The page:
Future Sight AR announces launch of its ‘Katana’ XR construction app on Magic Leap World

October 15, 2019 – Future Sight AR has today announced that its XR construction app, Katana, has launched on Magic Leap World. Katana leverages spatial computing and mixed reality technology to deliver expert content to workers in construction, manufacturing, aviation, and defence.

In November 2018, Magic Leap launched its Independent Creator Program to help promote cutting edge spatial computing experiences, and later announced in February 2019 the first round of successful applicants, of which Future Sight AR was one.

Future Sight AR’s Katana app is a library of work instructions for 400 of the most common pieces of equipment found on construction sites. These instructions are brought to life using the spatial computing power of a Magic Leap One device. According to the company, the app allows workers to move through workflows and report progress and issues without taking their eyes off the job – helping to increase safety and efficiency, reduce rework and provide workers with greater control over the quality of their work.

Commenting on Katana, Co-Founder of Future Sight AR, Lori-Lee Elliott, said: “Today, its primary use is creating and assigning digital work packages to field engineers, technicians and craft. A work package is like a tutorial or guide that takes a user through all the steps needed to complete a task. Along the way, the user acknowledges or logs their progress, so they don’t have to fill out paperwork when the task is complete.”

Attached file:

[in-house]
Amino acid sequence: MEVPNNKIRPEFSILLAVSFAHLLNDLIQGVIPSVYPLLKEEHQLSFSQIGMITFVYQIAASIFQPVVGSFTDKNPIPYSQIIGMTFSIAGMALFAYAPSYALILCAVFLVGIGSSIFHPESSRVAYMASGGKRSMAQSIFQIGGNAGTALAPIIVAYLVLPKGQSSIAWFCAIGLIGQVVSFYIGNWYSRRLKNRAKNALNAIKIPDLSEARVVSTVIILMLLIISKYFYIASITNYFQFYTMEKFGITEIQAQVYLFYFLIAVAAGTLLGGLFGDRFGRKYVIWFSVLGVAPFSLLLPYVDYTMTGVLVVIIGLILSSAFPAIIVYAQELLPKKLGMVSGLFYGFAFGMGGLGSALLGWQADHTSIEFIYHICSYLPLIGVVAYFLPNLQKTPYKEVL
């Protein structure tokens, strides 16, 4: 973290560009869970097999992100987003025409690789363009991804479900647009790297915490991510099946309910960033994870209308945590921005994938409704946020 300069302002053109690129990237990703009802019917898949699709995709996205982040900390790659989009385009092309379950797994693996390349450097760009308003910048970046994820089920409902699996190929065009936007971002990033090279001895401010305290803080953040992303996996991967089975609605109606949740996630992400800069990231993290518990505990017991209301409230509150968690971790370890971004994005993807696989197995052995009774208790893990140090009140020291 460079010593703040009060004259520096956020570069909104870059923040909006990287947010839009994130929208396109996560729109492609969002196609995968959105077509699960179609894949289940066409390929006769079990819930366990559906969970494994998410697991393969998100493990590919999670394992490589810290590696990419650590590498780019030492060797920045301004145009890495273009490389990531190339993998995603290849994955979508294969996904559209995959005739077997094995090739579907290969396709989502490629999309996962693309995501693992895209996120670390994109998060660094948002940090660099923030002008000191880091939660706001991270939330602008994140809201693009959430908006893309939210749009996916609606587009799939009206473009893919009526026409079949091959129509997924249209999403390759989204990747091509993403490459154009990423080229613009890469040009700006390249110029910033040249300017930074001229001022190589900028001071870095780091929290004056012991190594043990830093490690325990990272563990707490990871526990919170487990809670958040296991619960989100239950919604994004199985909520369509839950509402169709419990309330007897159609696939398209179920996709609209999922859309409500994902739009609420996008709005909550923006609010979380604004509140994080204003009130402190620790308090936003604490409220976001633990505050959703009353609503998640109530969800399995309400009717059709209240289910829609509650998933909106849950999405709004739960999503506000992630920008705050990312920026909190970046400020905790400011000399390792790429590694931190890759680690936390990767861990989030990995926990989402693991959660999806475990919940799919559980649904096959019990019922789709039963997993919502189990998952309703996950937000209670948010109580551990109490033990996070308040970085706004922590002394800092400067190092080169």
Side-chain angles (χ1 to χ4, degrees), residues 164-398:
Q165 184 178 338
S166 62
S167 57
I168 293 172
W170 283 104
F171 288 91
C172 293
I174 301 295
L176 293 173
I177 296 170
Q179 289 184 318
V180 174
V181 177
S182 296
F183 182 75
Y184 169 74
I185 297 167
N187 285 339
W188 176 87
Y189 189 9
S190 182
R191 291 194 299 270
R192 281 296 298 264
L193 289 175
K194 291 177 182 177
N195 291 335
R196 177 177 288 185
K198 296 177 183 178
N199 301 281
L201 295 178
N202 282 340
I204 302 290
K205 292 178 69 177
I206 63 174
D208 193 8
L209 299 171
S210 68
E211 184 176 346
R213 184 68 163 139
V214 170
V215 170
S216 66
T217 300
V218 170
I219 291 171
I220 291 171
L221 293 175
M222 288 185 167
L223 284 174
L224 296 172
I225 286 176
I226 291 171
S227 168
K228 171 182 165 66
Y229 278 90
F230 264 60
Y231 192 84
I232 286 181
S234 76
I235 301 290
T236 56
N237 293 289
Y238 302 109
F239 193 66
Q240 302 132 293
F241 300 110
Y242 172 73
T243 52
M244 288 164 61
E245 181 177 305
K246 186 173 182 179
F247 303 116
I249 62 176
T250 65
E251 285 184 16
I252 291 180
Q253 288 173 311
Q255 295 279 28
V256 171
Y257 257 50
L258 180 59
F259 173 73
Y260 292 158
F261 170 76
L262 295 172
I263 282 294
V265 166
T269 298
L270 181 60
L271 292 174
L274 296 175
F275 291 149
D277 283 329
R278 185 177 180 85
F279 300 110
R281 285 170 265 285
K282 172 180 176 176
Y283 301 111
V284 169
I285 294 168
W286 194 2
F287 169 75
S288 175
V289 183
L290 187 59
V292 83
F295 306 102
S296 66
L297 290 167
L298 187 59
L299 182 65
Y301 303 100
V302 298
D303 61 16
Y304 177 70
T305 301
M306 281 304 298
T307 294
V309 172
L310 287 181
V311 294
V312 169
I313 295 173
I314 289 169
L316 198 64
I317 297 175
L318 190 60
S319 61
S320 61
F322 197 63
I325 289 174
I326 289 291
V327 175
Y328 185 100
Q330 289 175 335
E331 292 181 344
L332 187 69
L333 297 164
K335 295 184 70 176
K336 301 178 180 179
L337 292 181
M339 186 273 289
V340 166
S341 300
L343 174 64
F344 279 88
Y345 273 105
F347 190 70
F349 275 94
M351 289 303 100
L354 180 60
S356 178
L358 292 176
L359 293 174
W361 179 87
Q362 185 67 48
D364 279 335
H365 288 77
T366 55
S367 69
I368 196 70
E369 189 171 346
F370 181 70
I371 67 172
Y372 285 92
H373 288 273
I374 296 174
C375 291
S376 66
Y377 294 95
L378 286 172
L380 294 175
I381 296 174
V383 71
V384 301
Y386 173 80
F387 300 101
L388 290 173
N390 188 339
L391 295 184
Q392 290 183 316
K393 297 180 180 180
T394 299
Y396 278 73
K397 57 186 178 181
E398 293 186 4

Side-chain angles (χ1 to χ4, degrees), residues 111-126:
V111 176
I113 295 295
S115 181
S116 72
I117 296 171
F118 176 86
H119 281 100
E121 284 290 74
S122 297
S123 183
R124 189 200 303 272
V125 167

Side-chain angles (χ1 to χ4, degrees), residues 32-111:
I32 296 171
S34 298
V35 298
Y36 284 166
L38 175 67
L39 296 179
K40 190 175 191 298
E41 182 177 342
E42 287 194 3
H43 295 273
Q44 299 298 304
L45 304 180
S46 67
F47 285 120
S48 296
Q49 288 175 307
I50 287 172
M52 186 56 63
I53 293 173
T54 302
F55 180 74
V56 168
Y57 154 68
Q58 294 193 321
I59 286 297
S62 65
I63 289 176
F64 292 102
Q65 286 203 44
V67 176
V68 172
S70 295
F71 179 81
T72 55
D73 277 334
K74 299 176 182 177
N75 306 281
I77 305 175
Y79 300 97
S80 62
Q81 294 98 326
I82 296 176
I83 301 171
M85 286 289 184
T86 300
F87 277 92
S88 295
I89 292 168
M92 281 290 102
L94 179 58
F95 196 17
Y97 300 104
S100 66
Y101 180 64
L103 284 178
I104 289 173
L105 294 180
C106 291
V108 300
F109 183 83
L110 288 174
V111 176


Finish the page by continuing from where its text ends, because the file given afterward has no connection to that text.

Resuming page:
Future Sight AR is focusing on industrial use cases first, but according to the company, Katana can be used to create any kind of step-based experience.

Katana pulls all it’s 3D models and content from a remote database, rather than storing it locally on the headset itself. This enables users in an office to author and assign procedures from the web to an engineer in the field with the headset. As an industrial application, the names of the procedures can be very specific, which usually translates into a lot of characters. As a result, Katana uses a rolodex-style menu that lets users see only a few options at a time, however, there are visual cues that indicate more options are available.

Elliott continued: “Safety and safety culture is paramount in construction, so we built that into Katana. When you use the application you’re continually prompted to ensure you are deploying safe working practices, such as permits, personal protective equipment (PPE) and stop work authority.” She added, “with applications like Katana, that are highly visual and easy to translate input into different languages, we can communicate hazards to workers in ways that result in better parity, no matter which language is spoken on-site.”

Looking forward, Future Sight AR has stated that it will be rolling out pilots with EPCs, equipment providers, and energy companies that are exploring XR tech and how it can improve the workplace. The company has capacity for five pilots this year and has filled two already. Furthermore, Katana will be rolled out on Android and iOS, with a ‘Katana Pro’ web-app version of the application also expected to launch, which will allow customers to create their own tutorials, guides and work instructions.

Video credit: Future Sight AR/YouTube

About the author

Sam Sprigg

Sam is the Founder and Managing Editor of Auganix. With a background in research and report writing, he covers news articles on both the AR and VR industries. He also has an interest in human augmentation technology as a whole, and does not just limit his learning specifically to the visual experience side of things.